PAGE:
Local News

  • East reports fewer students

    Enrollment is down in the Las Vegas City Schools, a top official reported last week.

    Last year, the district had 2,090 students, which has dropped to 2,003 this year, Superintendent Rick Romero told the school board.

    Romero reported that the district is down 87 students as compared to this day last year.

  • City: No basis for suit by ex-worker

    The city is urging a state district judge to throw out a lawsuit by a former employee who alleges breach of contract and wrongful retaliatory discharge.

    In a pleading last week, the city’s attorney, Tony Ortiz, asks that the court dismiss the lawsuit because Pearl Maes, a former secretary in the city manager’s office, doesn’t make the case that the city “constructively” discharged her.

    Maes, who worked for the city from 2000 to 2006, filed a lawsuit in June naming the city of Las Vegas as a defendant.

  • RHS senior joins school board

    Brandyn Jordan was sworn in last week as the new student representative on the Las Vegas City Schools board by Magistrate Judge Philip Romero.

    Board President Patrick Romero said Jordan would have his work cut out for him because he would represent students from the entire district, not just Robertson High School.

  • HUD official 'torpedoed' Vegas

    ALBUQUERQUE — A top federal housing official has “torpedoed” Las Vegas’ housing authority over the last few years because he believes local politicians are inherently corrupt, one of his former subordinates says.

    Mathew O’Grady, a federal housing revitalization specialist who resigned last week after more than two years, said his boss, Floyd Duran, unfairly placed the local housing authority on troubled status out of spite against a former housing director, Lawrence Quintana.

  • Residents can't bring signs to Michelle Obama rally

    Michelle Obama, the wife of the Democratic presidential candidate, will be speaking today at a rally in Las Vegas’ Plaza, and bringing in signs will not be permitted. Pro-Obama signs, however, will be passed out in the Plaza area — after people pass through security.

    A press release from the Obama-Biden campaign announcing Michelle Obama’s visit to Las Vegas’ plaza, slated for this afternoon, stated at the bottom, “No signs or banners permitted.”

  • Las Vegas historic building to be rehabilitated

    At a time when lending dollars are scarce, the state Historic Preservation Division and the Bank of Las Vegas have closed a loan that will help rehabilitate a historic building and open a new business, officials say.

  • Michelle Obama to visit Las Vegas

    Michelle Obama, wife of the Democratic presidential candidate, is expected to speak in Las Vegas on Tuesday.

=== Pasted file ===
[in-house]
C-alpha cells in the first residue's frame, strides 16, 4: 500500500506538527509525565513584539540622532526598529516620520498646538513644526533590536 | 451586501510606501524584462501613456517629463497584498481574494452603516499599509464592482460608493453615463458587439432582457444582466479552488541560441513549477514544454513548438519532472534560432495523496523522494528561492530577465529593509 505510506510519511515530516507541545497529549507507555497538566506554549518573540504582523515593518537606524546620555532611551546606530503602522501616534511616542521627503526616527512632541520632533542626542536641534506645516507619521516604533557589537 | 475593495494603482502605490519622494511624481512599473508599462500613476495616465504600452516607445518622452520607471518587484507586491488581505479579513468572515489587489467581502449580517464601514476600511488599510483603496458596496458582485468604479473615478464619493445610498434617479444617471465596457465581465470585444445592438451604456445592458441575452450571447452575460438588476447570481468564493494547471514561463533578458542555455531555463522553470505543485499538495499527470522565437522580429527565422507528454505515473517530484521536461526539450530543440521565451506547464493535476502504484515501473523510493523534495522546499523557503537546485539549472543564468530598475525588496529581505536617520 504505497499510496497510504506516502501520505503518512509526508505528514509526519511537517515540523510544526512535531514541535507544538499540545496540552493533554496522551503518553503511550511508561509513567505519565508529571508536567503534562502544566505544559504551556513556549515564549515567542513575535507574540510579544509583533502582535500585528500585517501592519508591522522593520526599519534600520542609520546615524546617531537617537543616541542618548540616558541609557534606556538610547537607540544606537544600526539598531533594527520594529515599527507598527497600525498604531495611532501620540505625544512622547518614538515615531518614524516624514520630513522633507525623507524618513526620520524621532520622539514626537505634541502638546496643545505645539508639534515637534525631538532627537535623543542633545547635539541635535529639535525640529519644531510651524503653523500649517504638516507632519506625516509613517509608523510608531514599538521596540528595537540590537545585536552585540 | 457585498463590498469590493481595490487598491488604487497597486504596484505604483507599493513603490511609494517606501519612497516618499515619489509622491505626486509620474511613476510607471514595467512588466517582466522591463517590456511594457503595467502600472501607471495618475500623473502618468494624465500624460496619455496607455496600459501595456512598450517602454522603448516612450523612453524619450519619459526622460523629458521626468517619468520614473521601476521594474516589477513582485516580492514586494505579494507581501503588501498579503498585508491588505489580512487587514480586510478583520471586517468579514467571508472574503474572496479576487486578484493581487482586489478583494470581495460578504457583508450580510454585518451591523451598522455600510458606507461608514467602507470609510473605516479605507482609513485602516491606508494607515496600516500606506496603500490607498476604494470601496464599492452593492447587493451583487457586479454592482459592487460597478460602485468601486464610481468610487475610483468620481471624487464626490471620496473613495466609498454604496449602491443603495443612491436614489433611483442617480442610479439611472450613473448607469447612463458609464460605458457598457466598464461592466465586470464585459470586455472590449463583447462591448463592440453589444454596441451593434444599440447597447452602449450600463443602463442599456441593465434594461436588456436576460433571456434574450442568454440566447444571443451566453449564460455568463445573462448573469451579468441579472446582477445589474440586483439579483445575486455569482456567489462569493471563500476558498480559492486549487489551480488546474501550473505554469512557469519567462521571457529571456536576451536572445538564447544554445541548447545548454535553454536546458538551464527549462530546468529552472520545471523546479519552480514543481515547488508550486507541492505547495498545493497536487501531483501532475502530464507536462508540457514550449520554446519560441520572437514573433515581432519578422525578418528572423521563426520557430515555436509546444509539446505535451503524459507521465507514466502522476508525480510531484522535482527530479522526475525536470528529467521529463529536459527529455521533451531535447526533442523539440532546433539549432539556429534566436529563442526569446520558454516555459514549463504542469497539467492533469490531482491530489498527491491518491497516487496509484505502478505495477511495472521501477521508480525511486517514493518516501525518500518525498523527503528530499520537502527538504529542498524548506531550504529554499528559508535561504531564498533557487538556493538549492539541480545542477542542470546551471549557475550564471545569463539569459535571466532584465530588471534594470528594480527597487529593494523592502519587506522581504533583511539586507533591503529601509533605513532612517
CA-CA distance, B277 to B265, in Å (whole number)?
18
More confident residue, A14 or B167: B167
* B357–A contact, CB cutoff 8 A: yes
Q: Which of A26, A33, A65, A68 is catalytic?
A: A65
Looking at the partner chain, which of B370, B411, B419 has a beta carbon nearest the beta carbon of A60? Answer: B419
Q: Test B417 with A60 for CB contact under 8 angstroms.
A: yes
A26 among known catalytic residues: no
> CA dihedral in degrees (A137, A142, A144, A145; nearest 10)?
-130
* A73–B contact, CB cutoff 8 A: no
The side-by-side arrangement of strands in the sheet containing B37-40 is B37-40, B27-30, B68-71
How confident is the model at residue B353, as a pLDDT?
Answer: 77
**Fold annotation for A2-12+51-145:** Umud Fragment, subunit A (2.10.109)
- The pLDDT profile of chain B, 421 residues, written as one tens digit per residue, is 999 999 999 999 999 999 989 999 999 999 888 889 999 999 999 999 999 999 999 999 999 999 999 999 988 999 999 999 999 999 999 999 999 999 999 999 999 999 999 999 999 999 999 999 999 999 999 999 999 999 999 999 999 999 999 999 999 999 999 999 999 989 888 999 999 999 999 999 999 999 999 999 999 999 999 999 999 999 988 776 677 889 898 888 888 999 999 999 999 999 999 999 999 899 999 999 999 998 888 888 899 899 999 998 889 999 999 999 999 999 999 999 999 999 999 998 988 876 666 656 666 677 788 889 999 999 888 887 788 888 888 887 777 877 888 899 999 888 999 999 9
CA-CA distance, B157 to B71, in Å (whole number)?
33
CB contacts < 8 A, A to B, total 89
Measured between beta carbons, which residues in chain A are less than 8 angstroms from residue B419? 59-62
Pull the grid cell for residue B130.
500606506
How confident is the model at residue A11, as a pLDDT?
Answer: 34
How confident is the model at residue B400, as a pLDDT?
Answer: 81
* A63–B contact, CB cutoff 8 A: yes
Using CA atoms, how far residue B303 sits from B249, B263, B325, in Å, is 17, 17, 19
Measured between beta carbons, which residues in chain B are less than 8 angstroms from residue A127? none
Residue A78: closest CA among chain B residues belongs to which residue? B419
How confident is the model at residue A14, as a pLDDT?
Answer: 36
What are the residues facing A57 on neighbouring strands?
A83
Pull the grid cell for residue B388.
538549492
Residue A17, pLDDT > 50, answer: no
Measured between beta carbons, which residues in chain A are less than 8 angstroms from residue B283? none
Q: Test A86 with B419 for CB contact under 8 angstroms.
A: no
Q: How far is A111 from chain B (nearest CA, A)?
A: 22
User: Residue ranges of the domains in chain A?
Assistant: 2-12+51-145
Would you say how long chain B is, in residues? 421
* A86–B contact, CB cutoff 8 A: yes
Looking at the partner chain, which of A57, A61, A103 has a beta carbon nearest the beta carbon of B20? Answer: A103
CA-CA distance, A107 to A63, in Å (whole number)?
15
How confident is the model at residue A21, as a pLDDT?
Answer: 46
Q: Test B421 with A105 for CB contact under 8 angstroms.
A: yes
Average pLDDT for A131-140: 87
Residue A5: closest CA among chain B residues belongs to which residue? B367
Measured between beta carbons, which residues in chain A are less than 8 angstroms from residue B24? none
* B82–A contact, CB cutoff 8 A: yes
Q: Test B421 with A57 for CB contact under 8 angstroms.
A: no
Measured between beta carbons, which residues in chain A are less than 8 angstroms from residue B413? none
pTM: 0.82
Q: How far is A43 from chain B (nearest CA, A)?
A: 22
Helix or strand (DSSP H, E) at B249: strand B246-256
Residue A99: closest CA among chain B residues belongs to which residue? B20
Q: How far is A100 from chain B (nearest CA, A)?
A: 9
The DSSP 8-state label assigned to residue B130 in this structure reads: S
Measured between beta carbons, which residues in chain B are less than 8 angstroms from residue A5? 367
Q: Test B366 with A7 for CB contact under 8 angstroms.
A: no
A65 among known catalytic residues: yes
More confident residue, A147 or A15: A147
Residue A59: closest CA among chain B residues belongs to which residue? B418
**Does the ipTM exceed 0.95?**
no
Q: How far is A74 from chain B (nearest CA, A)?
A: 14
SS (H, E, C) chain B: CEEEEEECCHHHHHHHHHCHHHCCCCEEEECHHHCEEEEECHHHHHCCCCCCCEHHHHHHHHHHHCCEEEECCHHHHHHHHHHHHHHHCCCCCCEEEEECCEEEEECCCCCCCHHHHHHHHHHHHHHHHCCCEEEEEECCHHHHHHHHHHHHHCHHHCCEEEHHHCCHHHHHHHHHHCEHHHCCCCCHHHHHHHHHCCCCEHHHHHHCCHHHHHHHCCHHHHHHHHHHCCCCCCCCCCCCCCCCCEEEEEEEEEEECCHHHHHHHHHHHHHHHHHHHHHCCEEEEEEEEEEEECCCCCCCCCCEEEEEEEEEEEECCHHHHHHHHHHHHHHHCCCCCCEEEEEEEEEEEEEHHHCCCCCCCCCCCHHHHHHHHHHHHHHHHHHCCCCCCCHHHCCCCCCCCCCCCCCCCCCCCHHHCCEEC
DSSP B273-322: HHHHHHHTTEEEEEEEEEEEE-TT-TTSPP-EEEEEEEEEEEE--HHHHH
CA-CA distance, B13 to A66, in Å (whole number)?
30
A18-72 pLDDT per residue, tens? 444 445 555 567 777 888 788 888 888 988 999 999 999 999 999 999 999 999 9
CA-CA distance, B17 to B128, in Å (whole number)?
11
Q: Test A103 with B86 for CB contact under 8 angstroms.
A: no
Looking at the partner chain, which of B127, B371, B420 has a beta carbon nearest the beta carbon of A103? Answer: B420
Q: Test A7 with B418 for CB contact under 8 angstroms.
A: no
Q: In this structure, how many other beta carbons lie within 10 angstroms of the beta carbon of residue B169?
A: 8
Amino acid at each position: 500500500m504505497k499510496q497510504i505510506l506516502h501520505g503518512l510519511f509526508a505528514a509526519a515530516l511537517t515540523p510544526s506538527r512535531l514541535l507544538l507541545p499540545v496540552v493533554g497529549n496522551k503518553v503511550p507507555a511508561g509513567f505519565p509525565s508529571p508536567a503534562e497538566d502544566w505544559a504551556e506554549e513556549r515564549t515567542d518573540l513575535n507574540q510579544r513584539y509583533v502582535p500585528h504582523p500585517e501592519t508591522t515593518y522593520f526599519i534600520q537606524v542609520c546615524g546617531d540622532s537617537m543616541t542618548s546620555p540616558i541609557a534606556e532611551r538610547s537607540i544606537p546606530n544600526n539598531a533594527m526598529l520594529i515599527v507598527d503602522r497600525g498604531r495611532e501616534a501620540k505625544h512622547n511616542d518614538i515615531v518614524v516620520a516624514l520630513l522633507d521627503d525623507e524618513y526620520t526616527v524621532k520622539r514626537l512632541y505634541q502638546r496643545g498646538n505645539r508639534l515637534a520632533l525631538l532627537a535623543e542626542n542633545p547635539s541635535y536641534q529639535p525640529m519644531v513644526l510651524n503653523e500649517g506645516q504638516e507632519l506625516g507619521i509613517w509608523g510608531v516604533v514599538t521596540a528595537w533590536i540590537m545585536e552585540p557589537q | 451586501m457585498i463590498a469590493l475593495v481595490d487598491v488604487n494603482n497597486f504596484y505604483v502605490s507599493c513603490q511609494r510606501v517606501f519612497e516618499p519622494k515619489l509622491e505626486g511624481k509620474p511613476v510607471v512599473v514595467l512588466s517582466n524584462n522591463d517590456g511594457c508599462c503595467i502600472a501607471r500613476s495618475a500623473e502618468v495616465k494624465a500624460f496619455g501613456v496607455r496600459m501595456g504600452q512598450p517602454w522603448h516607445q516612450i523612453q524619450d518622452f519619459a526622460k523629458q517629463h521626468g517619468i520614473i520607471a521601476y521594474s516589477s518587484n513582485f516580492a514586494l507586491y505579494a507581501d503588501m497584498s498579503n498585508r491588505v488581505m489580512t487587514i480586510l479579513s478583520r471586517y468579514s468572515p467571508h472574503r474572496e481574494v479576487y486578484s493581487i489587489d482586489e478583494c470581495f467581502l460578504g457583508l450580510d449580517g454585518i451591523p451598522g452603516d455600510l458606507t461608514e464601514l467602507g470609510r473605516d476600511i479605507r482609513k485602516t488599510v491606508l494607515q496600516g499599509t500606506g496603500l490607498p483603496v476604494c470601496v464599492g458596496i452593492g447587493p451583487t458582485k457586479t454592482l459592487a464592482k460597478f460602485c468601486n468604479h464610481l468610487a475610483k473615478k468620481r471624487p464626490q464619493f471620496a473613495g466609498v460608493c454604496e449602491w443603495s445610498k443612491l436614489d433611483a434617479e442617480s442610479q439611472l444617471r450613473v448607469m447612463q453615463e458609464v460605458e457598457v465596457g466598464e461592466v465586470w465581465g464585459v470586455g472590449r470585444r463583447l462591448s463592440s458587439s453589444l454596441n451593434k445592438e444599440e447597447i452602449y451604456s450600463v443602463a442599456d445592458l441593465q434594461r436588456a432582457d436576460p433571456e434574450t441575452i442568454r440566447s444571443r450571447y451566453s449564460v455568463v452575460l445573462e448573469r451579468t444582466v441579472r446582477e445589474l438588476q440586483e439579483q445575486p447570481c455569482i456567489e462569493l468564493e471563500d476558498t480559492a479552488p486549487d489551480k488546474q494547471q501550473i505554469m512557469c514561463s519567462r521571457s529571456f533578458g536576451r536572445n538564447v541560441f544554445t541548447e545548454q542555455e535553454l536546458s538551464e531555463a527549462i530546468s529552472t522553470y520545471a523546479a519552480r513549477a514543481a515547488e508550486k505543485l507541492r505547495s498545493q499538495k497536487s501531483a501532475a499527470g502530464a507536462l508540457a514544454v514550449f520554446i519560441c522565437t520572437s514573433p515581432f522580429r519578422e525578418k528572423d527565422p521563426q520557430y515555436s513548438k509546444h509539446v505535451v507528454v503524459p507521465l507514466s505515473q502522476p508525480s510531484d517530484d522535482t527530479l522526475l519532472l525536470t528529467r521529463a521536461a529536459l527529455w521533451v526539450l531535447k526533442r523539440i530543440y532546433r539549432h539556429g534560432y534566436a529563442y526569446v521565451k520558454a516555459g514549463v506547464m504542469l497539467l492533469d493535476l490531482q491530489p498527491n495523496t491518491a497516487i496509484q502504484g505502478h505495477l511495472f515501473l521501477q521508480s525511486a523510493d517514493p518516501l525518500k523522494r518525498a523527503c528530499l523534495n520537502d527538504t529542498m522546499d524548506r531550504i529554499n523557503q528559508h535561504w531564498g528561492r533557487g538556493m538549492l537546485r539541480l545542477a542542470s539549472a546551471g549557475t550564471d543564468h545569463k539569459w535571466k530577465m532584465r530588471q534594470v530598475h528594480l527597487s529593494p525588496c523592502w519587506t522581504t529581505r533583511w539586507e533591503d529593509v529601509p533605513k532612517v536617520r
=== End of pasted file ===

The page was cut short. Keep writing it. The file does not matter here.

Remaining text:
The Obama campaign announced over the weekend that Obama would be leading the “Early Vote for Change” rally, which is set to begin at 11 a.m. at Plaza Park. The public entrance will be at the southwest corner of the Plaza. The event will be free and open to the public. Also, people can RSVP at nm.barackobama.com.

  • City’s CNG station again closed

    The compressed natural gas station near City Hall is closing immediately because of a dispensing unit malfunction.

    “With the high prices of gasoline, CNG provides a great and green energy. Unfortunately, the major malfunction forced us to close the natural gas station,” said Las Vegas Mayor Tony Marquez. “I am working with our utilities director, George DuFour, to figure out a plan of action.”

    The CNG station was installed in 1994; however, the parts for the station were made in 1992. The estimated cost to repair the station is $30,000.

  • HU, hospital expect belt-tightening

    Officials from the state hospital and Highlands University are expecting state budget cuts to take a toll on their institutions, but they haven’t been handed any specific mandates yet.

    Last week, Gov. Bill Richardson ordered cutbacks in state spending to help offset a projected budget shortfall of more than $200 million. He attributes this problem to the nation’s financial crisis.

    Such reductions could have a big impact on Las Vegas, whose economy is dominated by the state government.

  • Woman is driving force at kitchen

    Some years ago, Carol Durham and her husband, Grover Durham, wanted to find a small community where they could spend time volunteering.

    Enter Las Vegas.

    Carol Durham taught mathematics at Florida Southern College, a small private school in Lakeland. When she retired, she and her husband looked for a small community where they could make a difference. So seven years ago, the Durhams packed up their belongings and moved to their new home in Las Vegas.

    Durham has always been active and says part of the joy of living is staying busy helping others.